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Covid drives Internet uptake but many are still left behind – ITU

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Millions of people became new Internet users in the past two years, but over a third of the world’s population has still never gone online, according to new statistics from the ITU.

The UN’s telecoms body identified what it terms a Covid connectivity boost, which pushed the number of people online to 4.9 million this year from 4.1 million in 2019, many of them driven by the need to work remotely, home educate, and access essential services, including news, health updates, online banking and so on. But while that is clearly a positive development, it’s not all good news: many people, particularly in the world’s poorer countries, are still being left behind.

Furthermore, it is worth pointing out, as the ITU does, that although the number of people online has grown, not all of the 4.9 billion could really be described as Internet users. Many hundreds of millions may only be able to use the Internet infrequently, with access only through a shared device, while poor connection speeds can have a serious impact on how useful their time online actually is. The connectivity gap is bigger than the headline figures suggest.

“While almost two-thirds of the world’s population is now online, there is a lot more to do to get everyone connected to the Internet,” said ITU Secretary General Houlin Zhao. “ITU will work with all parties to make sure that the building blocks are in place to connect the remaining 2.9 billion.”

Of course, the ITU did not specify what it will actually do to help rectify the situation, but still, the intent is there. And to be fair, it has identified some of the biggest stumbling blocks.

These include a “glaring gap” between digital network availability and uptake. 95% of people in the world could theoretically access a 3G or 4G network, billions choose not to do so. One major reason for this is the affordability of both devices and services.

There have been many, high-profile attempts to address the former, from the big vendors, tech companies and operators. But the latter is a trickier proposition.

“The widely accepted target for affordable broadband connectivity in developing countries sets the cost of an entry-level mobile broadband package at 2 per cent of gross national income (GNI) per capita. Yet in some of the world’s poorest nations, getting online can cost a staggering 20 per cent or more of per capita GNI,” the ITU said.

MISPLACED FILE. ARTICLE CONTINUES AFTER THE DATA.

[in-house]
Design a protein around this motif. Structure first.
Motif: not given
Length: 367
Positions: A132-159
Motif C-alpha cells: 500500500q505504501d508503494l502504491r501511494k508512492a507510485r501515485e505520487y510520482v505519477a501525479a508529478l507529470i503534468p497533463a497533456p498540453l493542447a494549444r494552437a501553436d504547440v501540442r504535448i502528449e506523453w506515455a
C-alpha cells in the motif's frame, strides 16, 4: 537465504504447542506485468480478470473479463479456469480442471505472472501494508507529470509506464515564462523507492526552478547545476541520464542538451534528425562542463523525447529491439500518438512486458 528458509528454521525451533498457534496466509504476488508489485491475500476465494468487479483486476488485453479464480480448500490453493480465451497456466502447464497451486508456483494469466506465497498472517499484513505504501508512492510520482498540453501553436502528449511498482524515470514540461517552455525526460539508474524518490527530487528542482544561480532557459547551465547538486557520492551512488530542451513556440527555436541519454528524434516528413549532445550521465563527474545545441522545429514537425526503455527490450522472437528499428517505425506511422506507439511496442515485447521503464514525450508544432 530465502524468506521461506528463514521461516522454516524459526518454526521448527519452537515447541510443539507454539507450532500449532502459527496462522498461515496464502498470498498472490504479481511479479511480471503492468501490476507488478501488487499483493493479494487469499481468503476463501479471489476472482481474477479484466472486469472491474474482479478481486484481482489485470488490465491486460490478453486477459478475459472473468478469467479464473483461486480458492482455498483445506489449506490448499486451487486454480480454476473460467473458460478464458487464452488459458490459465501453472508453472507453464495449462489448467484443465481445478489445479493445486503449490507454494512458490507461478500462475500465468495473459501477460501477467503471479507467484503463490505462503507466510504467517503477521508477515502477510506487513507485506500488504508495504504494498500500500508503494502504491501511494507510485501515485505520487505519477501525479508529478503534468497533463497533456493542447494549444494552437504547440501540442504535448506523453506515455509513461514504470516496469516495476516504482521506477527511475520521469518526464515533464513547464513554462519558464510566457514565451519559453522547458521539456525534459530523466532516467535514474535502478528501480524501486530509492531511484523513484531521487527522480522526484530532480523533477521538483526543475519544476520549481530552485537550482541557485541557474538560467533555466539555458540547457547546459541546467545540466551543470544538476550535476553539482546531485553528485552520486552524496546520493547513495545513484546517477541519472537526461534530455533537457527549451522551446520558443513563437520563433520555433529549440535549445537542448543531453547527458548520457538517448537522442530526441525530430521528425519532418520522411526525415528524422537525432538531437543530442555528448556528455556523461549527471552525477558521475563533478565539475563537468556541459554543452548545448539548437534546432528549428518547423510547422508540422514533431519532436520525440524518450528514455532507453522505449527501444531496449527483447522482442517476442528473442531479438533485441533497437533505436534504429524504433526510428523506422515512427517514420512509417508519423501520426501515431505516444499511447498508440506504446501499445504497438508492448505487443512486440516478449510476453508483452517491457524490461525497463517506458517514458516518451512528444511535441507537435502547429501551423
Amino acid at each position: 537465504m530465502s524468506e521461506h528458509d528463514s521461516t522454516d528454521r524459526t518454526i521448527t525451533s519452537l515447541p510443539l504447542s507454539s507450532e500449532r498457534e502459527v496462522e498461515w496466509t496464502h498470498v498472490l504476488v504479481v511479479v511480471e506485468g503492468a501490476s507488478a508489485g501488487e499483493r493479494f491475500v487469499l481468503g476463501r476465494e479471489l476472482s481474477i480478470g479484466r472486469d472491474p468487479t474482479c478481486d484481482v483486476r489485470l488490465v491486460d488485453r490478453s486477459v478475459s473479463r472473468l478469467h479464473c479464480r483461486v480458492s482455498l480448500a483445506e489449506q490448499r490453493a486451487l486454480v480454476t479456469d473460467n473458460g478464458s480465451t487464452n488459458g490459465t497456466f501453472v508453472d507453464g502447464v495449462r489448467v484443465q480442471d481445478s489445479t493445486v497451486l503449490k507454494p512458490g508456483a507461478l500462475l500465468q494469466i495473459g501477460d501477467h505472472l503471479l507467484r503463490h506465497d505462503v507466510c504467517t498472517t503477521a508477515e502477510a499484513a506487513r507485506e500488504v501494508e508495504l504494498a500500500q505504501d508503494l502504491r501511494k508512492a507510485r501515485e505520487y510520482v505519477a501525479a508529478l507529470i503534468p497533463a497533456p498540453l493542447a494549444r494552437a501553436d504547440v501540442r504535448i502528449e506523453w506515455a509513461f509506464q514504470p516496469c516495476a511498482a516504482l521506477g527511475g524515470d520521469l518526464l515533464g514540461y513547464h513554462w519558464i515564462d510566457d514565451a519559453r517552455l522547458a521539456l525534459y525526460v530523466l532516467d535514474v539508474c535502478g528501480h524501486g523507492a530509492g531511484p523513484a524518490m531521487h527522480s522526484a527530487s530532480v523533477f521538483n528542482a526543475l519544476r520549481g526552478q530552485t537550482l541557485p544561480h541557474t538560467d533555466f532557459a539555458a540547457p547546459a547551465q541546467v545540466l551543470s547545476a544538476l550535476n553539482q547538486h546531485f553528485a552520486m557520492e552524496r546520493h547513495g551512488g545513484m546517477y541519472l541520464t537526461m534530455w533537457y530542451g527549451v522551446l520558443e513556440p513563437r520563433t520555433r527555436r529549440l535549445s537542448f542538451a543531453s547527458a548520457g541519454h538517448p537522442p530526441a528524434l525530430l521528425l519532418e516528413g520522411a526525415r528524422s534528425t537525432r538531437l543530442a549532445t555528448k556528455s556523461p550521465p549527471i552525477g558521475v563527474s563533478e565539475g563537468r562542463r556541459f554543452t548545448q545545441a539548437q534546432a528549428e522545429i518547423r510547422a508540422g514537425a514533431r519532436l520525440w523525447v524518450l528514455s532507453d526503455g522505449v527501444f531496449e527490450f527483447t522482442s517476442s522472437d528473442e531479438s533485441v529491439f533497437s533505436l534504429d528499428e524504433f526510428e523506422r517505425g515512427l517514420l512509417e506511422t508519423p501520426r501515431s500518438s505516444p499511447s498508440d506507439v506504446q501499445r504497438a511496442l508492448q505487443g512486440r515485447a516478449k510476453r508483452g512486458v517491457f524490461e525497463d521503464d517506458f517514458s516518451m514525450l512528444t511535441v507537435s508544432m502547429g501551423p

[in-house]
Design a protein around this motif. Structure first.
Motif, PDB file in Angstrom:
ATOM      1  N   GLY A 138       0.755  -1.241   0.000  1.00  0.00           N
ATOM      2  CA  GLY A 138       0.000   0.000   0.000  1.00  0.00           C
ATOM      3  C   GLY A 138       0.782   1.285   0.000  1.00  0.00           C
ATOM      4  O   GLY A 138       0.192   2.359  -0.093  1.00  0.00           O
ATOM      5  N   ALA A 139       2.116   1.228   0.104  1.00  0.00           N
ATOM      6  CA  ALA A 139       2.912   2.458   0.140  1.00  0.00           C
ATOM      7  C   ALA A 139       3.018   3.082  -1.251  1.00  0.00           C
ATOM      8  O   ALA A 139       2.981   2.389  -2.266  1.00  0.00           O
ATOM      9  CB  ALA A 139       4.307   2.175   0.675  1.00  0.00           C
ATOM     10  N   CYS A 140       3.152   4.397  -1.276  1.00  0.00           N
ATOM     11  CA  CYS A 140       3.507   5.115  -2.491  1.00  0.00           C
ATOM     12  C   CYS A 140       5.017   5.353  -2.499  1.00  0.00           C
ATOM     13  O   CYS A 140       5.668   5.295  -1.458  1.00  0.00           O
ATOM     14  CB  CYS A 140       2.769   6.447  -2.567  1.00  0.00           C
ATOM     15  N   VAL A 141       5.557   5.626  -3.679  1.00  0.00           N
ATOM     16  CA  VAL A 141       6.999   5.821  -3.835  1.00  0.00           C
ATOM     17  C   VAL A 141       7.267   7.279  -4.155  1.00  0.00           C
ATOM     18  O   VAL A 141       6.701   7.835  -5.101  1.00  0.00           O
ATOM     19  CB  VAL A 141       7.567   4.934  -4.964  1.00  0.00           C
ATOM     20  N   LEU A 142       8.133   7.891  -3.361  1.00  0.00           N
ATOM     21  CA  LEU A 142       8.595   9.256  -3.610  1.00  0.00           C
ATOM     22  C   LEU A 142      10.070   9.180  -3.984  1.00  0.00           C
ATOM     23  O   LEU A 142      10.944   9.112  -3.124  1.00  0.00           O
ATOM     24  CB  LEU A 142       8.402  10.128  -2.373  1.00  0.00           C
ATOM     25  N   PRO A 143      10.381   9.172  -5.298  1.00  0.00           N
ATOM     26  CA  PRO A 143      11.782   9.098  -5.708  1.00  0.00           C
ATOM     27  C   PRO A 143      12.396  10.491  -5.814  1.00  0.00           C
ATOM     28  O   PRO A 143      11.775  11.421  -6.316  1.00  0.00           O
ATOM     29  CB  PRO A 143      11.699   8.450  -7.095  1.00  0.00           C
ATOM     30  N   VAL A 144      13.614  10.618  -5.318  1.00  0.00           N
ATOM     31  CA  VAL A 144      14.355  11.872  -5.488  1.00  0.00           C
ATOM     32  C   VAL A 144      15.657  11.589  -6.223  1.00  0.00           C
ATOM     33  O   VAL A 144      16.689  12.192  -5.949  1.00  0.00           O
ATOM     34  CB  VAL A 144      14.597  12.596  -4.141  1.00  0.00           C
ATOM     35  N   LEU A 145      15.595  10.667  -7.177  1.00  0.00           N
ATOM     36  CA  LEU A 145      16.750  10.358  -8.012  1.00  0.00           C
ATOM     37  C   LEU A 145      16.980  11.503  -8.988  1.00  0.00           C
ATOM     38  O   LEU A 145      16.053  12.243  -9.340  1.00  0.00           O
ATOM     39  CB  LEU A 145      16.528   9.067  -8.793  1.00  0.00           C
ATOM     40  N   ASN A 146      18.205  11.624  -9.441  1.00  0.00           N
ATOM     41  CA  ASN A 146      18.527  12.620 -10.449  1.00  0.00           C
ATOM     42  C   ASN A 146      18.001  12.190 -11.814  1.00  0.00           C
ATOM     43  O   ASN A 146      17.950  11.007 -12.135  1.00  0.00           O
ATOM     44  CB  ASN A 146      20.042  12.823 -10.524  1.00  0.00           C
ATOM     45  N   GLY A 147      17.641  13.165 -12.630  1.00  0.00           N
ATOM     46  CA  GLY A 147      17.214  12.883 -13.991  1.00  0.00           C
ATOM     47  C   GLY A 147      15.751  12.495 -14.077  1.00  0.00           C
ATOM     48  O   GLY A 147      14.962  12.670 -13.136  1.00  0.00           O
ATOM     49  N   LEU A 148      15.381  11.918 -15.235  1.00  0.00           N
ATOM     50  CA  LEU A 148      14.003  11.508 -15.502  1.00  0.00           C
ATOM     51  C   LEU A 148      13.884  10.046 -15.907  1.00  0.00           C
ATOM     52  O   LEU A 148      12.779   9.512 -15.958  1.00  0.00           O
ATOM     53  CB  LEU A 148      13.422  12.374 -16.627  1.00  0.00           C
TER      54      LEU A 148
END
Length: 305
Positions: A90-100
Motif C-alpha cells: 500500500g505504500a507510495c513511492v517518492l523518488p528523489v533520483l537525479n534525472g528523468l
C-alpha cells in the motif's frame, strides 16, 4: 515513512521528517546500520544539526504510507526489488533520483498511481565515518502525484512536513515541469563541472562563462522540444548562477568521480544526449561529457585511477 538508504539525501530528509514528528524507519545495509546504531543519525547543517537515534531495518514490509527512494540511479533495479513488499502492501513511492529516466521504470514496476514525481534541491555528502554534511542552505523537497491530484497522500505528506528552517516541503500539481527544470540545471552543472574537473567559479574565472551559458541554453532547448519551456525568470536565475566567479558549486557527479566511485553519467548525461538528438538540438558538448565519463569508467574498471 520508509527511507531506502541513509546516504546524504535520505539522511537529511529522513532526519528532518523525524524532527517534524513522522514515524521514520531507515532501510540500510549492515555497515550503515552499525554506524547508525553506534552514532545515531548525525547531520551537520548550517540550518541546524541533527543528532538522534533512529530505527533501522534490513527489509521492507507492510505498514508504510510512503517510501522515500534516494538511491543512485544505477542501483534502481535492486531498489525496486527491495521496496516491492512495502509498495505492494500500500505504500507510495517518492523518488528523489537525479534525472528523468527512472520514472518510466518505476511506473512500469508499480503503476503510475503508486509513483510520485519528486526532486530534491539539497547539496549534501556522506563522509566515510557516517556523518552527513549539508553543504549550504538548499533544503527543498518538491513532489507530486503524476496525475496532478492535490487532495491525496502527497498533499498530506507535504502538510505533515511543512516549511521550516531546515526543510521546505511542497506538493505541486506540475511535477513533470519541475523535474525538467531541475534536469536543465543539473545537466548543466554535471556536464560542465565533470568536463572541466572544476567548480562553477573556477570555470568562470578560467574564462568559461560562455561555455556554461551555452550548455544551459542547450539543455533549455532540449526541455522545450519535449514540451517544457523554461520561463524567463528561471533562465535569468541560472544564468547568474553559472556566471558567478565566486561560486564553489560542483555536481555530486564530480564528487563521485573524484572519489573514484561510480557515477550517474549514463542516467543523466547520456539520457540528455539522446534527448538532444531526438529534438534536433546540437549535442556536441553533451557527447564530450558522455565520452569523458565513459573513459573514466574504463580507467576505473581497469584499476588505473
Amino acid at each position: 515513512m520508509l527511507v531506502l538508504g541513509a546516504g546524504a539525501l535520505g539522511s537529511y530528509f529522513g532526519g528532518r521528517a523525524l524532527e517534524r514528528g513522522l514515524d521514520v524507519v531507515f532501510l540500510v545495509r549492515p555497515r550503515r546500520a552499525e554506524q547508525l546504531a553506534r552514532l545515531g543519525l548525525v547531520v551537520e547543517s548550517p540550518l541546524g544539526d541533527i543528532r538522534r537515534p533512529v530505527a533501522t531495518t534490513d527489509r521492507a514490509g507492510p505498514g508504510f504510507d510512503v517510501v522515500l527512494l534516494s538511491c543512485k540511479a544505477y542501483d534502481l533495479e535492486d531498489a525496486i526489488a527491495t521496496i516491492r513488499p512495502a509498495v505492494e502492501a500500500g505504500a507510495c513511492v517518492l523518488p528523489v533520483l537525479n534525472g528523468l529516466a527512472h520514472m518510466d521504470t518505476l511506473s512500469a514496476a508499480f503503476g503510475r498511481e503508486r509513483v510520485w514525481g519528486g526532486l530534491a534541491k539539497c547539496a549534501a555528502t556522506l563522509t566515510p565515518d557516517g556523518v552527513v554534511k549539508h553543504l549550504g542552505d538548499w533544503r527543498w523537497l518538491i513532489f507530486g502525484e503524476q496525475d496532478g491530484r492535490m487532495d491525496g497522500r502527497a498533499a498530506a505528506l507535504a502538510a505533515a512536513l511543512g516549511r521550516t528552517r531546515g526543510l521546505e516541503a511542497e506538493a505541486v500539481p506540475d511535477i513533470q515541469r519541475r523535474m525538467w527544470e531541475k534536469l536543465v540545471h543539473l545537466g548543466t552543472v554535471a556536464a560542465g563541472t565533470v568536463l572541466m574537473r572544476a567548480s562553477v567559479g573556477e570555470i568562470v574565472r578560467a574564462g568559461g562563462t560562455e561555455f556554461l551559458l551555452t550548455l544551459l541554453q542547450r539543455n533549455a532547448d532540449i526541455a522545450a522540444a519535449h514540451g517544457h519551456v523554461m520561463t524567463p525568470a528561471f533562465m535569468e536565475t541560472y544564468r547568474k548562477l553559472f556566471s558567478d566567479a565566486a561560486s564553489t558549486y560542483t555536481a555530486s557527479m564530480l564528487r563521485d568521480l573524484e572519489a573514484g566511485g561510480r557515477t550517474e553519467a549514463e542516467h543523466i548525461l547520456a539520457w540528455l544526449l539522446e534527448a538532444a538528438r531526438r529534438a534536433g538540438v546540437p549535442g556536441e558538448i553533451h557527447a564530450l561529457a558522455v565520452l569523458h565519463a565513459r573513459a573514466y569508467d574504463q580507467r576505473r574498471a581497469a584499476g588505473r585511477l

Is that a hint to operators to do more for the super-price-sensitive end of the market? Possibly. If so, it’s Africa’s telcos that need to take heed.

According to the ITU report, fixed broadband across Africa as a whole costs 18.6% of GNI, while a mobile broadband data only connection comes in at 4.4%. In most markets, mobile packages are coming in below or around that magic 2% figure, but naturally fixed broadband is more expensive; it’s at 4.7% of GNI in the Americas, for example.

The ITU also highlighted the lack of digital skills or of understanding the benefits of an online connection, exacerbated by the lack of local language content and barriers to entry for those without literacy and numeracy skills.

The bottom line is, for most people, the networks are there, but for various reasons many are choosing not to use them. That’s perhaps a bit over simplistic. This is not purely a question of taking a horse to water and then being unable to make it drink. We need to ensure that the horse knows what the water is, has the ability to drink it, and can afford to do so.

And we still need more water.

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  • Cable Next-Gen Technologies & Strategies

  • ITU Telecom World


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